Aug 10
DFS Issues Troubling Decision on Cyber Regulation
imageIn response to questions posed by Big I and other producer groups, the Department of Financial Services has issued further clarification on what entities it considers “third party service providers" for the purposes of the cyber regulation.

Agents are to be considered “third party service providers" of the insurance companies whose policies they sell. Furthermore, insurance companies may (emphasis added) be considered “third party service providers" for the agents who sell their policies. The cybersecurity regulation requires, as of March 1st, 2019, that all covered entities:

“…implement written policies and procedures designed to ensure the security of Information Systems and Nonpublic Information that are accessible to, or held by, Third Party Service Providers."

This latest response raises as many questions as it answers, and raises concerns that the DFS may not fully appreciate the real world impact of this decision on agents and brokers.

Under this new interpretation, insurance c​ompanies will be required to create cybersecurity guidelines for every agent they do business with, as well as ensure that those guidelines are being followed. Per earlier guidance from the DFS, simply the fact that agents have certified their compliance with the cybersecurity regulation is not sufficient to satisfy this requirement. The department has, in effect, placed a higher burden on insurance companies for policing cybersecurity than the department itself.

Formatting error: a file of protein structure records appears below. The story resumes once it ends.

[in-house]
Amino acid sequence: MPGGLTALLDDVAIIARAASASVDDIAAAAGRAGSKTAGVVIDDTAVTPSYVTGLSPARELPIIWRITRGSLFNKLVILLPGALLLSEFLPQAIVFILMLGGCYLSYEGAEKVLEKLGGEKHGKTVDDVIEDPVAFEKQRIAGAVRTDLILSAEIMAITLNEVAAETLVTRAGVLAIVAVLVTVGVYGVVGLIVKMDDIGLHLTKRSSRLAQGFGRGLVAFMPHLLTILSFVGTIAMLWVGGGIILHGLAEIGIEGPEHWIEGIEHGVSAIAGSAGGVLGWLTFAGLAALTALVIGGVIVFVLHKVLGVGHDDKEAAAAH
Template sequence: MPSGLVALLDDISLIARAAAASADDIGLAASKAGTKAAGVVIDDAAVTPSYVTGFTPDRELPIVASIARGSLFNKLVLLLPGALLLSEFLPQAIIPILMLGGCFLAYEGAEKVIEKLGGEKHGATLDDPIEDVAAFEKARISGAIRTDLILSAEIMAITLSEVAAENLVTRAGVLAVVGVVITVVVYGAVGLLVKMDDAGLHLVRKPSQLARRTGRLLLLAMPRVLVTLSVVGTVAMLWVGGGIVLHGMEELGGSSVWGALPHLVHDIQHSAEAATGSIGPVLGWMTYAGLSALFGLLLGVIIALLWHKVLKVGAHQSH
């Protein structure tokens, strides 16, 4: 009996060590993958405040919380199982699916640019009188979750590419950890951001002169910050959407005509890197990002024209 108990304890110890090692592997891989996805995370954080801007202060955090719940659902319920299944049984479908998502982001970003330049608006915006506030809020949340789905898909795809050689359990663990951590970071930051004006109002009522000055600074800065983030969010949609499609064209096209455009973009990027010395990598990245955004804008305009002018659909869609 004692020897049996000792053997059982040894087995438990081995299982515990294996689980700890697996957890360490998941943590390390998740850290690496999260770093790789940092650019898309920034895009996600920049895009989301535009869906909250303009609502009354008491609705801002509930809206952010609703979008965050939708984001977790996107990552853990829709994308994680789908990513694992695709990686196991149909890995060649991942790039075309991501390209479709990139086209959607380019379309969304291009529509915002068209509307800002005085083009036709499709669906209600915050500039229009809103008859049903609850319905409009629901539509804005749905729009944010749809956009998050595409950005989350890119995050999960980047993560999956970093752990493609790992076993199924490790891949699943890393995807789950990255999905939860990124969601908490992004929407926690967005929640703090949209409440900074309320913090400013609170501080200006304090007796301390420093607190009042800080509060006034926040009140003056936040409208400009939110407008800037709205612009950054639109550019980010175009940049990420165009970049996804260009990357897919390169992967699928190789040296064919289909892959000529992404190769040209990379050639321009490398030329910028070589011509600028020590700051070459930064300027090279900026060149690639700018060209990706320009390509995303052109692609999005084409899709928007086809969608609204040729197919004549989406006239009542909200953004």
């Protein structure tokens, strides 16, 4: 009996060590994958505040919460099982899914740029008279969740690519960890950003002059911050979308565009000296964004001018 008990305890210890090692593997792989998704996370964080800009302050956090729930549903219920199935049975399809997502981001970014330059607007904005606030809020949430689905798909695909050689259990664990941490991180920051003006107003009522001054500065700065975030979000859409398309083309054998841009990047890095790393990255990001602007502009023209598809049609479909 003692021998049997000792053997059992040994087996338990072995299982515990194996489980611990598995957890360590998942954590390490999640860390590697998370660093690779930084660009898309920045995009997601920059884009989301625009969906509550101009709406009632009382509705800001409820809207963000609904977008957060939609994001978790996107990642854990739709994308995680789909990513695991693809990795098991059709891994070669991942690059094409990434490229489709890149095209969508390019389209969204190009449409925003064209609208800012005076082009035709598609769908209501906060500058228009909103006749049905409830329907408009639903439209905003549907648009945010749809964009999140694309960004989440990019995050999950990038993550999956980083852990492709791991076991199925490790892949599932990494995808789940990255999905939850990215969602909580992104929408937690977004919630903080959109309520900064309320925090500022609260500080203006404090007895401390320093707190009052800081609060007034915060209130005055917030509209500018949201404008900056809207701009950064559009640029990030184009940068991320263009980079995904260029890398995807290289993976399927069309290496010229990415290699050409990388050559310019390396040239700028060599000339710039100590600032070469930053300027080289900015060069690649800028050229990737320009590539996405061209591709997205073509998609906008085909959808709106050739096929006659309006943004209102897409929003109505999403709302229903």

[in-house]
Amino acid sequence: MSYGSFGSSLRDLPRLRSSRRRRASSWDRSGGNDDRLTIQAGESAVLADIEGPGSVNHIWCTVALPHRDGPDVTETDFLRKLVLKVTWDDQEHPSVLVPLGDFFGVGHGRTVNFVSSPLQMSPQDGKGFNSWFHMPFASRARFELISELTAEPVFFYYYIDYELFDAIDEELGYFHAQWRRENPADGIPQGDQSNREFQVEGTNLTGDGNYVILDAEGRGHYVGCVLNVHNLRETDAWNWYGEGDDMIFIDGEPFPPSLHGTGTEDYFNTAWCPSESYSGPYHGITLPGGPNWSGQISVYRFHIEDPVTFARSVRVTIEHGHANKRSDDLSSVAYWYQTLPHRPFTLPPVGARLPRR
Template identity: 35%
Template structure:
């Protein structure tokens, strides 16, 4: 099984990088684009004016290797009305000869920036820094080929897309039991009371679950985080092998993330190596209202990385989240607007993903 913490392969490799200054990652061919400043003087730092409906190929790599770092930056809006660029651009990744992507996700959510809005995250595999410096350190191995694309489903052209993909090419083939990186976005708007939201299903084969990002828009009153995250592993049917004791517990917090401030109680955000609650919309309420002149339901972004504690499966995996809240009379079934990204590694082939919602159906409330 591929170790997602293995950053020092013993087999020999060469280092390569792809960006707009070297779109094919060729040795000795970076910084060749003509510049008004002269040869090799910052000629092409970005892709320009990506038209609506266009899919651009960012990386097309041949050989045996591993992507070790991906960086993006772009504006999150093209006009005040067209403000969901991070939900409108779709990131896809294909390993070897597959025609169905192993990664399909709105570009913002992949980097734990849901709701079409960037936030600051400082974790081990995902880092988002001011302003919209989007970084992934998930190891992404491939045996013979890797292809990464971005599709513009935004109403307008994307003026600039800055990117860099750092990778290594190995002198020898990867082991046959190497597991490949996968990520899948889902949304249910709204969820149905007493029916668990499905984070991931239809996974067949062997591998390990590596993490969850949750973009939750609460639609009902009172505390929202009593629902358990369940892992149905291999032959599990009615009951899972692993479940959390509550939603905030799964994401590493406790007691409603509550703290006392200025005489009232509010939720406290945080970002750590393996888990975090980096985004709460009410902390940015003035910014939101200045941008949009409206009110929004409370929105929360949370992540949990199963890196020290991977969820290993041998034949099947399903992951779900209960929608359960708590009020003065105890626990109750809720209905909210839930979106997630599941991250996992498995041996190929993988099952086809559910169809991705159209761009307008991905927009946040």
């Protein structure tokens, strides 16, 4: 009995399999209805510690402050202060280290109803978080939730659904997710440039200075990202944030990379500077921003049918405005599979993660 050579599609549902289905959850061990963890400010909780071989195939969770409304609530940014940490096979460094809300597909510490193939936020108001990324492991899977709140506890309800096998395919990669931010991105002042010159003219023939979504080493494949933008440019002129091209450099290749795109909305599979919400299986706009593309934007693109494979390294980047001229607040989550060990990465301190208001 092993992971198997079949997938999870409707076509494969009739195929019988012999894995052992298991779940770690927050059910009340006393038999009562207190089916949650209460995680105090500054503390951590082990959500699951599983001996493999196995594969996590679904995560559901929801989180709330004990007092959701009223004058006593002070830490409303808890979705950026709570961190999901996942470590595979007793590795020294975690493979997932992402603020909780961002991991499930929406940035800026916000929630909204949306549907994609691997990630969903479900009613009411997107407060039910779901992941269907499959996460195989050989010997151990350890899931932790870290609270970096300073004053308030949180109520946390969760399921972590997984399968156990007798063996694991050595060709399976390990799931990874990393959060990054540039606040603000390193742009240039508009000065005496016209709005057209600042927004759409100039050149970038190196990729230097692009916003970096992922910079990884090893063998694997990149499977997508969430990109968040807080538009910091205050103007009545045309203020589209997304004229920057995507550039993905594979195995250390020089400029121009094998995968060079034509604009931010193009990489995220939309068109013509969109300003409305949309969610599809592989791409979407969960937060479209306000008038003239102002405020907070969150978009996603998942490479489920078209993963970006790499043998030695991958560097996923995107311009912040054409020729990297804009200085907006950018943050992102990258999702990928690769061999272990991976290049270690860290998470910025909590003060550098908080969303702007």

The DFS states:

“...when the independent agent holds or has access to any Nonpublic Information or Information Systems maintained by an insurance company with which it works (for example, for quotations, issuing a policy or any other data or system access), the independent agent will be a Third Party Service Provider with respect to that insurance company; and the insurance company, as a Covered Entity, will be required under 23 NYCRR 500.11 to have written policies and procedures to ensure the security of its Information Systems and Nonpublic Information that are accessible to, or held by, the independent agent (including but not limited to risk based policies and procedures for minimum cybersecurity practices, due diligence processes, periodic assessment, access controls, and encryption).

Further, an independent agent will also be an Authorized User if it participates in the business operations, and is authorized to use any Information Systems and data, of an insurance company that is a Covered Entity. In such a case, the insurance company must implement risk-based policies, procedures and controls to monitor the activities of the independent agent, as more fully described in 23 NYCRR 500.14."

Even more troubling is that the new interpretation indicates, that in some cases, the same requirements may apply to agents and brokers vis-à-vis the insurance companies whose policies they sell. From a practical standpoint, this would be extremely burdensome and challenging to comply with. It seems impractical and illogical that this responsibility should fall on agents and brokers.

“It is also noted that, like any other Covered Entity, an insurance company may also be a Third Party Service Provider and/or Authorized User with respect to another Covered Entity, including an independent insurance agent."

We are deeply concerned by the DFS's latest guidance, and will continue to work with the department to gain further clarification on what will be required of producers. We are exploring every possible recourse to reduce the negative impact to our members.

For questions, please contact Tim Dodge or Scott Hobson

Scott Hobson, MPA
Director of Government Relations

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